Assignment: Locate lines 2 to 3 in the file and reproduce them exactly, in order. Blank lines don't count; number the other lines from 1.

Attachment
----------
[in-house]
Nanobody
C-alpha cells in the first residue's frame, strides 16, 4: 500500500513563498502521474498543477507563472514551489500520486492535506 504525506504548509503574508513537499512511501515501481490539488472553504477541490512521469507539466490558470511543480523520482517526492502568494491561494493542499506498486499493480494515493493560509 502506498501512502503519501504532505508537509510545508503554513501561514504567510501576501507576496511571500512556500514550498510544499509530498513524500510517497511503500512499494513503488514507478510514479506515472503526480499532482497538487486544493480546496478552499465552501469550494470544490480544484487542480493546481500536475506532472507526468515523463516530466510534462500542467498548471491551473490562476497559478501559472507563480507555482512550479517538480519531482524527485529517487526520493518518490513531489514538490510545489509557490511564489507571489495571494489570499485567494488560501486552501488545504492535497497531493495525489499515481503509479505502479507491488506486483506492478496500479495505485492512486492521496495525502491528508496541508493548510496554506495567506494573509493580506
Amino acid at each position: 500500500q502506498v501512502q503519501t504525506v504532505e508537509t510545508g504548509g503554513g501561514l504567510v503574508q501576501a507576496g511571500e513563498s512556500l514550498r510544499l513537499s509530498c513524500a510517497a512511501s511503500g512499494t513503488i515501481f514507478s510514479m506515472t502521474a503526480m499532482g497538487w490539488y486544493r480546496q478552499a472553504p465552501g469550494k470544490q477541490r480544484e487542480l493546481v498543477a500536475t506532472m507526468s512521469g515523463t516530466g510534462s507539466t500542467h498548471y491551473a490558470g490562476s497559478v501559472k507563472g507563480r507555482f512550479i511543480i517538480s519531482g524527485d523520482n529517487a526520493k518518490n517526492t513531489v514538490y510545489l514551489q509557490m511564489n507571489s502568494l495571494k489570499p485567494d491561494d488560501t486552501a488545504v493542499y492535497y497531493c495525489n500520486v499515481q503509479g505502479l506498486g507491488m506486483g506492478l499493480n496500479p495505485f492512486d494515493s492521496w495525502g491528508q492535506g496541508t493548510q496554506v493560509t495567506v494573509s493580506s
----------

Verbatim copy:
Nanobody
C-alpha cells in the first residue's frame, strides 16, 4: 500500500513563498502521474498543477507563472514551489500520486492535506 504525506504548509503574508513537499512511501515501481490539488472553504477541490512521469507539466490558470511543480523520482517526492502568494491561494493542499506498486499493480494515493493560509 502506498501512502503519501504532505508537509510545508503554513501561514504567510501576501507576496511571500512556500514550498510544499509530498513524500510517497511503500512499494513503488514507478510514479506515472503526480499532482497538487486544493480546496478552499465552501469550494470544490480544484487542480493546481500536475506532472507526468515523463516530466510534462500542467498548471491551473490562476497559478501559472507563480507555482512550479517538480519531482524527485529517487526520493518518490513531489514538490510545489509557490511564489507571489495571494489570499485567494488560501486552501488545504492535497497531493495525489499515481503509479505502479507491488506486483506492478496500479495505485492512486492521496495525502491528508496541508493548510496554506495567506494573509493580506